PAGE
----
I'm 10 miles from SNA - I've used JSX 3 times, the last one was it for me, weather issues, left stranded in SJC - NOT their issue, their customer service was quite lacking due to the agency I used booked them through B6. I ended up getting home that day on WN on my own dime. I don't think our agency EVER got that ticket refunded.

Suffice to say those saying "SNA needs more flights and international" - again 10 min away and an EARLY AM run for me to LAX is 45 min, late evening back home the same or less. 10 years ago I 90% flew out of SNA and connected through DEN, SFO or ORD to get intl. Now I'll 90% of the time just fly out of LAX and get a nonstop and avoid the hassle of a connection. Even with BAD LA traffic, LAX is still always quicker than a connection will be.
 
DashTrash
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Re: JSX Getting Kicked Out of SNA, Effective Jan 1 2021

Tue Sep 15, 2020 3:28 am

GalaxyFlyer wrote:
dstblj52 wrote:
GalaxyFlyer wrote:

It’s not what anyone thinks is the “.spirit” of the law or regulation, what matters is what’s written down, certified by the regulators and operated that matters. JSX meets all the regulations and operates within the FAA regulations. What you believe is the “spirit” of the law matters not and is just a rationalization.

Tell me exactly how you believe JSX is acting as a nonscheduled airline? They very clearly have a schedule that is sold on a take it or leave it basis


Where did I say they were “non-scheduled”; they clearly are, but Part 380 allows for exactly their operation. Have they been cited by the FAA for a violation? Has a cease desist order been presented to them? No, they’re legal and characterizing them as using a “loophole” is being insulting and pejorative.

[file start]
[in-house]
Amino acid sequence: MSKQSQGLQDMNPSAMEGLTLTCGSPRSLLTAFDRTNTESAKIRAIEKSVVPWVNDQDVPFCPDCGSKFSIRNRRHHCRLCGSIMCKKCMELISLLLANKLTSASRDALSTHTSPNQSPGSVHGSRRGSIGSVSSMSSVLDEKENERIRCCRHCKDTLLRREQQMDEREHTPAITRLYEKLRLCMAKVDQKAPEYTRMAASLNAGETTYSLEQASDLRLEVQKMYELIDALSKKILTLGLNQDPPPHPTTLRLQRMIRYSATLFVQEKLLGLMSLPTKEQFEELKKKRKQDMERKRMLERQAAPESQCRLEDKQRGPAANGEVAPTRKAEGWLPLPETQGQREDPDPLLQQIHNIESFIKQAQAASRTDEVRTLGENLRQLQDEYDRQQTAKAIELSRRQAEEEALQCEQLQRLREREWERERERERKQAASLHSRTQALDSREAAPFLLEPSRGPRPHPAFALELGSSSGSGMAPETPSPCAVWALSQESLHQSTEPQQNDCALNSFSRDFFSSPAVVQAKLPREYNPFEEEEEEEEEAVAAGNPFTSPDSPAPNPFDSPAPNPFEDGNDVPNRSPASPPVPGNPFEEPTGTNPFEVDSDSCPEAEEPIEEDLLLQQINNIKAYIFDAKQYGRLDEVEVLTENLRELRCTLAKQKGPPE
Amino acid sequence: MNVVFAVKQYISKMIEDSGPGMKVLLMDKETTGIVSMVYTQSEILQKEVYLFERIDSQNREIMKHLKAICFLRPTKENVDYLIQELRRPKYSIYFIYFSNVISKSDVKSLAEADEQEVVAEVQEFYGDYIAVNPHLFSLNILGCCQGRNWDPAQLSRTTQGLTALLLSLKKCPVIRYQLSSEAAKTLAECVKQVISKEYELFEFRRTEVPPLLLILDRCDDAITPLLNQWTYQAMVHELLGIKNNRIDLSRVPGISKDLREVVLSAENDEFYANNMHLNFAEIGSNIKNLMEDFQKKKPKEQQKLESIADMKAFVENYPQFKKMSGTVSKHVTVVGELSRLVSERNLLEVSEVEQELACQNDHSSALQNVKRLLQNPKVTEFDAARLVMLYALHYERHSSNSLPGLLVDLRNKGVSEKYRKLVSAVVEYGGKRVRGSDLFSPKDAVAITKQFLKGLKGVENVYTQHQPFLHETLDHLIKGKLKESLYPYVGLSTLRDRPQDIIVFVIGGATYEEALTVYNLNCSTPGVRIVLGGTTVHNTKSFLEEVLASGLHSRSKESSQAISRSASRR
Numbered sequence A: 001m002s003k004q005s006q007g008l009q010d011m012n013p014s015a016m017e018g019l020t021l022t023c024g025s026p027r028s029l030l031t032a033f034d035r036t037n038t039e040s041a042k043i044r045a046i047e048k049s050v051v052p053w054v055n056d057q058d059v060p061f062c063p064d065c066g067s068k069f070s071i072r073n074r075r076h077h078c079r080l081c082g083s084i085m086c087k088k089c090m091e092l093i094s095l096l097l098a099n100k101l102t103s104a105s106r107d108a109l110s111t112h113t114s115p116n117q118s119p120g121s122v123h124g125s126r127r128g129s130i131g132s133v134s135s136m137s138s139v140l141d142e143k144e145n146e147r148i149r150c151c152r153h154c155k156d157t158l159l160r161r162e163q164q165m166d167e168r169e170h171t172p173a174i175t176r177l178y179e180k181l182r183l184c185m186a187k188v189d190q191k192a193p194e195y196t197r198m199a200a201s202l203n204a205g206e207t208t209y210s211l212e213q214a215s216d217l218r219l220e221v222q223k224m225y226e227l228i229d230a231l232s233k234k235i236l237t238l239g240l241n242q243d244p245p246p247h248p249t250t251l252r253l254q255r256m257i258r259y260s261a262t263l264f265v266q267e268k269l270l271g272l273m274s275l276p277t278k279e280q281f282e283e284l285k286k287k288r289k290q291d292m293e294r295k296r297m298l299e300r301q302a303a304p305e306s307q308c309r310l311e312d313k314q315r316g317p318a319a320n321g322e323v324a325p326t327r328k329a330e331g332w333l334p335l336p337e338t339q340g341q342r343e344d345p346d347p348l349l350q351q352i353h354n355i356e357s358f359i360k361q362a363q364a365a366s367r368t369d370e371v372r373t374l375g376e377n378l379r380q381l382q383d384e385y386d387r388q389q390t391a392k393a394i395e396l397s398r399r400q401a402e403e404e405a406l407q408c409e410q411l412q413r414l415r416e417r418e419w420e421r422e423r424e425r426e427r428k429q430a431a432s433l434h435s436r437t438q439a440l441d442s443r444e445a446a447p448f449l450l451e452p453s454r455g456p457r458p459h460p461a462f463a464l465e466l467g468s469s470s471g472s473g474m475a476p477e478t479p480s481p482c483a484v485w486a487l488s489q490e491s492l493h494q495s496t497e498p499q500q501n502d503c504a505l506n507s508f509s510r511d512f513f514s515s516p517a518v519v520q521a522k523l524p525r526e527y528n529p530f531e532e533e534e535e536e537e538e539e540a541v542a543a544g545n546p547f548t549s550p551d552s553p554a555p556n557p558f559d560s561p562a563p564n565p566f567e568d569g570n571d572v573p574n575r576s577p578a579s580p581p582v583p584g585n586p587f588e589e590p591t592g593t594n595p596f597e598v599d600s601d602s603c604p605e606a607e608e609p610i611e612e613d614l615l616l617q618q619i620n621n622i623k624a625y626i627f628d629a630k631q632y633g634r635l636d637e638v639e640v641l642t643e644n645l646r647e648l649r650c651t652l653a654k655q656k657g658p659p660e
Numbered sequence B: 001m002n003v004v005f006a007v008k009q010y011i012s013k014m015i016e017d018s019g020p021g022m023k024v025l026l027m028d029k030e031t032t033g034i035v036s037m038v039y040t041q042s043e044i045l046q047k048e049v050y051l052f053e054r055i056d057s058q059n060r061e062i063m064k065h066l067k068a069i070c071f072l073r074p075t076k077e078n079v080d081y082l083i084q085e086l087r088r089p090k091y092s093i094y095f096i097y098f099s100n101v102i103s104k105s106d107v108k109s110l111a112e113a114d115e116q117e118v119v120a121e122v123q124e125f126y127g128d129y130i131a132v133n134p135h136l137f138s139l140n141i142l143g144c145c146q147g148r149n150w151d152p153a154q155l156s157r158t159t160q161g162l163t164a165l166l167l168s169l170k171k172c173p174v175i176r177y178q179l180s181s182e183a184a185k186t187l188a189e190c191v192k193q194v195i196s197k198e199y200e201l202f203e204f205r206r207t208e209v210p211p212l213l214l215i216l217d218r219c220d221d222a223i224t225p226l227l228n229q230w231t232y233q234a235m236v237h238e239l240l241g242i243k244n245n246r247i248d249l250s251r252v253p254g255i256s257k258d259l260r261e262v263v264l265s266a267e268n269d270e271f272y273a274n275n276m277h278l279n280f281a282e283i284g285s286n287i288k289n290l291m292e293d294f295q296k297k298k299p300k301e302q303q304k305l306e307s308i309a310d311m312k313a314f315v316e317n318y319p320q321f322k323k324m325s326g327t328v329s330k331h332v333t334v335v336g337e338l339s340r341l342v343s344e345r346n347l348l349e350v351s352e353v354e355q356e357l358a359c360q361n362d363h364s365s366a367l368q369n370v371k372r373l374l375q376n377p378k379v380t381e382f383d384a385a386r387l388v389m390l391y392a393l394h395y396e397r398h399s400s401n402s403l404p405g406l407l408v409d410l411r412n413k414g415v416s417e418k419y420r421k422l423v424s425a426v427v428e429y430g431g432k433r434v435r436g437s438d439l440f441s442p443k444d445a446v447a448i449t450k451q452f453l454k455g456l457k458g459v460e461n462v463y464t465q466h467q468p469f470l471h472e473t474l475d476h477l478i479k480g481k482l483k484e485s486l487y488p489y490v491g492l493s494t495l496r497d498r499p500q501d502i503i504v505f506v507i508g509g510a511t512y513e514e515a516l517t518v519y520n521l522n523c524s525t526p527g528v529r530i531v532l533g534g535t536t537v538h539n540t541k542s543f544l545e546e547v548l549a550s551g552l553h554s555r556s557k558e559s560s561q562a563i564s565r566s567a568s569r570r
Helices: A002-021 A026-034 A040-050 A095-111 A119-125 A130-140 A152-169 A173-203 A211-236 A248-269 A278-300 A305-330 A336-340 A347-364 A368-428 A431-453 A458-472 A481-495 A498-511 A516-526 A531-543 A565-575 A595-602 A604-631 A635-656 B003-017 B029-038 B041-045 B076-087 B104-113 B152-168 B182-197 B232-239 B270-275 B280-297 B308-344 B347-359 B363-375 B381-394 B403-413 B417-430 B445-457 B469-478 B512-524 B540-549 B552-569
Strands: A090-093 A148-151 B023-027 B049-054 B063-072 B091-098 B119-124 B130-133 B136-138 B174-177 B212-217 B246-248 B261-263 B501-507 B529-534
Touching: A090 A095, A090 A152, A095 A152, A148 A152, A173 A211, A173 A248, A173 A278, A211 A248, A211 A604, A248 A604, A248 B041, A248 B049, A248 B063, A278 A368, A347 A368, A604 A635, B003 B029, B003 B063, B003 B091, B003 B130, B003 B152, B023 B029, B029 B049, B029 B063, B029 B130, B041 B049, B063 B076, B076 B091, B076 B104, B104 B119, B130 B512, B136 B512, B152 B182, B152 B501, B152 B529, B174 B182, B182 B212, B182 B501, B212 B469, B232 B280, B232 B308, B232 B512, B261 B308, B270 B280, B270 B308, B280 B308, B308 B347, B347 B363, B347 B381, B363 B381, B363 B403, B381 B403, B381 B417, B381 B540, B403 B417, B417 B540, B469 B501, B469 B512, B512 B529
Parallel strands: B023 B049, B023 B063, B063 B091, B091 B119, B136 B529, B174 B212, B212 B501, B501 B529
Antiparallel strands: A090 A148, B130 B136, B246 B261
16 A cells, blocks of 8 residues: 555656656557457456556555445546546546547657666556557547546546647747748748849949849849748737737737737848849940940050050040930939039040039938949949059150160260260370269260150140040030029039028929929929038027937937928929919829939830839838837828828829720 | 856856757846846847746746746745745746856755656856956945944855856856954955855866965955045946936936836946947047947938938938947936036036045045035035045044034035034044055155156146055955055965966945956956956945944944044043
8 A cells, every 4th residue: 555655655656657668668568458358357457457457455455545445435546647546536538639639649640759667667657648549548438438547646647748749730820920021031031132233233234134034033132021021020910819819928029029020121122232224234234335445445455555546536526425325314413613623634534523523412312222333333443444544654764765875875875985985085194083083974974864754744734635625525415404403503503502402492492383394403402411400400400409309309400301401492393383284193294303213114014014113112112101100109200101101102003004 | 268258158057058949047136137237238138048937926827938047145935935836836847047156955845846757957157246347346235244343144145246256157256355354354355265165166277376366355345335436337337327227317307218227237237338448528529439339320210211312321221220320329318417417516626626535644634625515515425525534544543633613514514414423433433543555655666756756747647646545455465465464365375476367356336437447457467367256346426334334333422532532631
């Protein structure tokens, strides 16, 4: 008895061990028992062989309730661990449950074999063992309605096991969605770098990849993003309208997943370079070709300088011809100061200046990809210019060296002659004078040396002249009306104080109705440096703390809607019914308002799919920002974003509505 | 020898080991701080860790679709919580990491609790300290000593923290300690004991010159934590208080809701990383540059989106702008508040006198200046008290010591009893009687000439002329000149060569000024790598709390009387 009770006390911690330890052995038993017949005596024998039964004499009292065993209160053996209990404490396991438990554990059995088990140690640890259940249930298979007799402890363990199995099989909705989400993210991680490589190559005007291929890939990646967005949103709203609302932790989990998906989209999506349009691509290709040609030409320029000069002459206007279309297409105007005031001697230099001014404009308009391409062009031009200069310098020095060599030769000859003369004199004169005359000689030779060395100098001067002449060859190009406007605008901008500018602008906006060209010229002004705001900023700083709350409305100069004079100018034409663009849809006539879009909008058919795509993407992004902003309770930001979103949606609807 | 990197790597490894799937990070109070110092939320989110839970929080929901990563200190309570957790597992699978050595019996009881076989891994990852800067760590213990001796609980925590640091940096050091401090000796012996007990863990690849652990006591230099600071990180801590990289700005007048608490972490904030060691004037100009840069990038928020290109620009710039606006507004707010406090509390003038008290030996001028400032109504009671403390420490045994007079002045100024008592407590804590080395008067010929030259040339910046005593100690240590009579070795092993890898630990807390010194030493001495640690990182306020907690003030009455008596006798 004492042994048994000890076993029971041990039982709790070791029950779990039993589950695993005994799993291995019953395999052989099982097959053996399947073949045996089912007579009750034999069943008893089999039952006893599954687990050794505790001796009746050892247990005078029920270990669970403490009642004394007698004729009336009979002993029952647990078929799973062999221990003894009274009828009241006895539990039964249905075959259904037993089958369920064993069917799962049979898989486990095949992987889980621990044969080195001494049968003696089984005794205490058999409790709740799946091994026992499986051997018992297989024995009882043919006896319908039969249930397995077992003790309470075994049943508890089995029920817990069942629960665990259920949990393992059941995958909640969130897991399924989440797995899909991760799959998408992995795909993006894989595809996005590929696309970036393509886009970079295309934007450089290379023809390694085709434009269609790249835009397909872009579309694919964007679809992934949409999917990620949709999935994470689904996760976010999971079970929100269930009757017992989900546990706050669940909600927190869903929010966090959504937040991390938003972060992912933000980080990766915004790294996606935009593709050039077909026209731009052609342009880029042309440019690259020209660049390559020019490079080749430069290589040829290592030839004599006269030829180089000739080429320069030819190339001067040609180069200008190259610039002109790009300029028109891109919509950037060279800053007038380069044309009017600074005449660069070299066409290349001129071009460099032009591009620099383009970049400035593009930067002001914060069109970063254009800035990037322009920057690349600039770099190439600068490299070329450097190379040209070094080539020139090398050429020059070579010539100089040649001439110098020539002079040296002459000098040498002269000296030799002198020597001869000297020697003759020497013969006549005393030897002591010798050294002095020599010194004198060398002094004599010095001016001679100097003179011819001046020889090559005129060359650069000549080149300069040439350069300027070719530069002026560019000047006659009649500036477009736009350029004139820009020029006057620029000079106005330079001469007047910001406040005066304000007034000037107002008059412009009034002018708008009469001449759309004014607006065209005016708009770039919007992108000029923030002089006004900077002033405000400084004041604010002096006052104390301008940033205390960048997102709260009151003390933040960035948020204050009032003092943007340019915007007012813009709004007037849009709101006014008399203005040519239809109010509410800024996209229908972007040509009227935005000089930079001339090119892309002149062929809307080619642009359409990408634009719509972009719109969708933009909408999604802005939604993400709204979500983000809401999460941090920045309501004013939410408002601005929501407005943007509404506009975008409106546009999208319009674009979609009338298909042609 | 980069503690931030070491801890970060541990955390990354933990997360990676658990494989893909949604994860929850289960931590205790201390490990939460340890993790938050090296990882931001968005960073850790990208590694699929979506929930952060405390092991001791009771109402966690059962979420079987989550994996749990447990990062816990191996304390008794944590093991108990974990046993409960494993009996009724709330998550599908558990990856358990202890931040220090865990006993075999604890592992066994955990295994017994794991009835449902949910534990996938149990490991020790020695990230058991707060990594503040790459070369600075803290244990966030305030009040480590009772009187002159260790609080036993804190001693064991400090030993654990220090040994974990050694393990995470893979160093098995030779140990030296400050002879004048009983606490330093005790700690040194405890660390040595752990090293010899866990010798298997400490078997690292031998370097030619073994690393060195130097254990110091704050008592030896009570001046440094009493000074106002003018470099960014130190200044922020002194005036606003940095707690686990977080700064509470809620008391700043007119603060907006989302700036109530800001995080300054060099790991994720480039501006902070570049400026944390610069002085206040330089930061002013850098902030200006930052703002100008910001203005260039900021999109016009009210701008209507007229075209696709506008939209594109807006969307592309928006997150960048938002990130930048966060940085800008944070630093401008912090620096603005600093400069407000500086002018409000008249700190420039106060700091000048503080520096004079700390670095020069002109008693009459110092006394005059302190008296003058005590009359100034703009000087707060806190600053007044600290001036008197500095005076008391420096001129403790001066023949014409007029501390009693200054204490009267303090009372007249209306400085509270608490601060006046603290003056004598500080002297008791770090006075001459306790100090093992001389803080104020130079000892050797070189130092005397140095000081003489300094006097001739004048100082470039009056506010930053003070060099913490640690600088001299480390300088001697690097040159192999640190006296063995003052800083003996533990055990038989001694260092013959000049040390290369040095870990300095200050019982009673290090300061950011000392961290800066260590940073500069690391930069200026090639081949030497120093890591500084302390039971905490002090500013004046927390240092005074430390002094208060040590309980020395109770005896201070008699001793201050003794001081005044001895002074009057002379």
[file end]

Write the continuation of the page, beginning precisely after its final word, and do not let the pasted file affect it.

You’re not wrong about this, but: There is no way this side of the hot place that anyone that had anything to do with writing 380 intended for it to be used so an operator could remove 7-20 seats from an aircraft certificated for 37-50 seats and fly it in a scheduled operation. With that being said, the term “shady” comes to mind. Otherwise, those aircraft would be flying on a 121 certificate in a configuration closer to what was certified. Especially on the 145s.


Sent from my iPhone using Tapatalk
 
dstblj52
Posts: 497
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Re: JSX Getting Kicked Out of SNA, Effective Jan 1 2021

Tue Sep 15, 2020 3:59 am

slcdeltarumd11 wrote:
I don't get why people hate JSX. Their customers don't enter the normal airport terminals. They are not a security risk to anyone except the people on that plane who are all taking the risk. If you actually feel safe with TSA feel free but sorry to tell you those blind tests are not very reassuring. If you don't feel safe on JSX then don't take it. I have flown it more then a few times and felt safer and loved the experience.

TSA Failed To Detect Weapons, Bombs During Most Screening Tests. CBS news one of many reports of the same. TSA is not some perfect operation and JSX is out of control, that's not reality

The problem I have with JSX is around there shady way around regulations, I agree the TSA is likely ineffective but instead of competing head to head with other competitors they setup this byzantine corporate structure to operate through a loophole which gives them a definitively unfair advantage in the market place, if you think there is a market for scheduled service on this route in a nicely configured jet cool get a 121 cert and try it out.
 
weaglibrium
Posts: 35
Joined: Wed Jun 22, 2016 8:35 pm

Re: JSX Getting Kicked Out of SNA, Effective Jan 1 2021

Tue Sep 15, 2020 4:06 am

DashTrash wrote:
GalaxyFlyer wrote:
dstblj52 wrote:
Tell me exactly how you believe JSX is acting as a nonscheduled airline? They very clearly have a schedule that is sold on a take it or leave it basis


Where did I say they were “non-scheduled”; they clearly are, but Part 380 allows for exactly their operation. Have they been cited by the FAA for a violation? Has a cease desist order been presented to them? No, they’re legal and characterizing them as using a “loophole” is being insulting and pejorative.